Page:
EDITORIAL - Cutting off terror financing
() - November 11, 2006 - 12:00am
Filipinos worried about the terrorist threat welcome reports that the Philippines and Saudi Arabia are strengthening cooperation to stop the flow of terror funds from the Middle East to Koranic schools that teach radical forms of Islam in this country. The move comes on the heels of Washington’s identification of the Philippine and Indonesian branch offices of a Saudi-based Islamic charity as conduits for terror financing. The US Treasury Department said in August that the International Islamic Relief Organization helped al-Qaeda and other terrorist groups raise funds, with one of the IIRO’s top officials giving cash directly to al-Qaeda, Jemaah Islamiyah and the Abu Sayyaf.

Security officials said anti-money laundering teams from the Philippines and Saudi Arabia are discussing the details of the enhanced cooperation. One problem is that this effort may not cover the shift by terrorist organizations to the use of financial couriers to bypass the global banking system. Banking rules against money laundering have progressively tightened since the terror attacks in the United States on Sept. 11, 2001. This can be a big problem particularly in countries such as the Philippines, which has a large number of citizens working overseas, many of them in the Middle East.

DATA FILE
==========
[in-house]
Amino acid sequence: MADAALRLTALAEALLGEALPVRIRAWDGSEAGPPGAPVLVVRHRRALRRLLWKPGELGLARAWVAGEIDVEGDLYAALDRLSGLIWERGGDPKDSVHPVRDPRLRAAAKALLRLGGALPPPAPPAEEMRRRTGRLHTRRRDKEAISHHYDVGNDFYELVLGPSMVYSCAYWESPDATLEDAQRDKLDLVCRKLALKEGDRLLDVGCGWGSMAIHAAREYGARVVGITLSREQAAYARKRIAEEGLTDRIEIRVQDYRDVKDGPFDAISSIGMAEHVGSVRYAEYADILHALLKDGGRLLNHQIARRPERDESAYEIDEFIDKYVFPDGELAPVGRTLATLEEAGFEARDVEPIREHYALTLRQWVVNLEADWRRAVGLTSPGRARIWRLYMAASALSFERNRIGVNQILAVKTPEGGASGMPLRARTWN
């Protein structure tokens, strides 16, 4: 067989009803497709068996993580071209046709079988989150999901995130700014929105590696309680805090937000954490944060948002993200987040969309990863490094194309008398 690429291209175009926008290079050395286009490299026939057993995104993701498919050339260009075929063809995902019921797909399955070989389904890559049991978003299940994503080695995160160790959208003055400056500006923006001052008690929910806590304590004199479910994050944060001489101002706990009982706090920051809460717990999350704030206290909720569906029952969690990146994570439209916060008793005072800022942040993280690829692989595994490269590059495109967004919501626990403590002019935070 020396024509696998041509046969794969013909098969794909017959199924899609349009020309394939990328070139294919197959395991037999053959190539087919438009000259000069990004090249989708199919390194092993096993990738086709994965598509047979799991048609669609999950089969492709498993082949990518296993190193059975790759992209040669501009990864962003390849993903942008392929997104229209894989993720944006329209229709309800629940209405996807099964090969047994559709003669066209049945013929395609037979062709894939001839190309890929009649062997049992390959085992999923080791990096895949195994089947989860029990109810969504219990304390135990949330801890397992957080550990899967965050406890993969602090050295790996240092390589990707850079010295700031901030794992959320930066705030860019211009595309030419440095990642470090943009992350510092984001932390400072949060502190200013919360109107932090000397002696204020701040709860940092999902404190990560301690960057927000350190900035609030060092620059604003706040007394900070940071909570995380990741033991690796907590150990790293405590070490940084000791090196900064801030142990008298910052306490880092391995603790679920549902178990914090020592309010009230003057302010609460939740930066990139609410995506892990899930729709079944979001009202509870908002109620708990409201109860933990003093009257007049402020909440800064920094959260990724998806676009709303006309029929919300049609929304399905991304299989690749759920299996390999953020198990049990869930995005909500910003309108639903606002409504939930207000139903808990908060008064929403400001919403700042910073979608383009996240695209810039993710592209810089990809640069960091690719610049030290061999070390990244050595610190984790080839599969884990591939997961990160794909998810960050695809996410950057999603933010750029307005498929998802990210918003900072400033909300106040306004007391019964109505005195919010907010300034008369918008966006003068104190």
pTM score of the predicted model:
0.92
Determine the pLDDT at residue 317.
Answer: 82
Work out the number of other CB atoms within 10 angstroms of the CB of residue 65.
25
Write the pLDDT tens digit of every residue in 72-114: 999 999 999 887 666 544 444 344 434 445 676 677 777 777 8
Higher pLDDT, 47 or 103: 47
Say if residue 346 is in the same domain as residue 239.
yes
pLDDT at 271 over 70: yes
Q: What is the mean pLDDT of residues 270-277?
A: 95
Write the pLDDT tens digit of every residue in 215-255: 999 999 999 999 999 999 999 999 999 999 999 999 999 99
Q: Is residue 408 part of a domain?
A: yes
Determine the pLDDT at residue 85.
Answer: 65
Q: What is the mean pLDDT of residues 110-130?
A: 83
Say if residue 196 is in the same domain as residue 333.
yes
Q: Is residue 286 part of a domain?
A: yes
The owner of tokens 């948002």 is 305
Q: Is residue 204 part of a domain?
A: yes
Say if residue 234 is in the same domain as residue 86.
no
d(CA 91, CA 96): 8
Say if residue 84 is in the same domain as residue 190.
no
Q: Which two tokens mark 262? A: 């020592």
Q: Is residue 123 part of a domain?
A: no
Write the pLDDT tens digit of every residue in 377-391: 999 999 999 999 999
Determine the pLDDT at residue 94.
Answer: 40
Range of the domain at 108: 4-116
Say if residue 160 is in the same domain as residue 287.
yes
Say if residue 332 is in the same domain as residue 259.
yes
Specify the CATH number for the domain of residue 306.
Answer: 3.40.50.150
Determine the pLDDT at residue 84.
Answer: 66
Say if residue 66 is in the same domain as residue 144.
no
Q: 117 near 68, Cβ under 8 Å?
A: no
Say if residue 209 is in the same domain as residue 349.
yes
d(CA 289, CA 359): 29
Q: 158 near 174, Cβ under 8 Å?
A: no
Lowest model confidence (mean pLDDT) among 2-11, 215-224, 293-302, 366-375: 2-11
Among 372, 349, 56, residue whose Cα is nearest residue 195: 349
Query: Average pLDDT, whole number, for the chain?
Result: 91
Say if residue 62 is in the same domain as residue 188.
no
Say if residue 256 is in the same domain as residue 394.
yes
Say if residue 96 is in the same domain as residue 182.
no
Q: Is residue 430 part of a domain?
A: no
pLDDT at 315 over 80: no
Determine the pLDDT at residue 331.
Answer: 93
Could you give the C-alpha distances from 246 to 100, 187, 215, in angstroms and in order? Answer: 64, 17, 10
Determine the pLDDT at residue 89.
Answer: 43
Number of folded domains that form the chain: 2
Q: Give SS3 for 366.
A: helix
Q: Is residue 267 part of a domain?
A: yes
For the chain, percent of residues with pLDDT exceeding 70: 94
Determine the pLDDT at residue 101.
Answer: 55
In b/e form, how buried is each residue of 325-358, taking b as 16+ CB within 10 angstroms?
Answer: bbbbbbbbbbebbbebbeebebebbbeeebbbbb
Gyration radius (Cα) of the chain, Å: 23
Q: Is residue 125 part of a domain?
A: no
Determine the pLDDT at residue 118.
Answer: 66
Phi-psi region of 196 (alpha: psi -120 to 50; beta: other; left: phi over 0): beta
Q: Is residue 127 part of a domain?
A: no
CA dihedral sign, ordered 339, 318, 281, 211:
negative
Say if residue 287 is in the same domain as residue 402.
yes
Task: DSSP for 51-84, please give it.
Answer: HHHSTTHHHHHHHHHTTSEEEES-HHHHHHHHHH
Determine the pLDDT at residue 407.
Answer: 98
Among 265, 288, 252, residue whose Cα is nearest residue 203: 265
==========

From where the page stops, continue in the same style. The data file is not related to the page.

Another problem, at least in dealing with Koranic schools and Islamic charities, is how the Saudis define radical Islam. With its vast pool of petrodollars, Saudi Arabia has spread its ultra-conservative Wahhabi brand of Islam worldwide. Security analysts believe that Islamic fundamentalism has helped fuel radicalism in certain parts of the Muslim world.

Saudi Arabia itself has suffered from the terror threat, and its efforts to fight the spread of terrorism are laudable. The regime in Saudi Arabia emphasizes that the state does not sponsor terrorism. But it will have to exercise more prudence in dispensing assistance to Islamic groups around the world. Its huge reserve of funds for charity can be used to promote a non-violent, tolerant Islam, which peace-loving Muslims say is the true nature of their faith. A closer look at radical Islamic schools is a step in the right direction.

INTERNATIONAL ISLAMIC RELIEF ORGANIZATION ISLAMIC JEMAAH ISLAMIYAH AND THE ABU SAYYAF MIDDLE EAST PHILIPPINE AND INDONESIAN PHILIPPINES AND SAUDI ARABIA QAEDA SAUDI ARABIA TREASURY DEPARTMENT UNITED STATES
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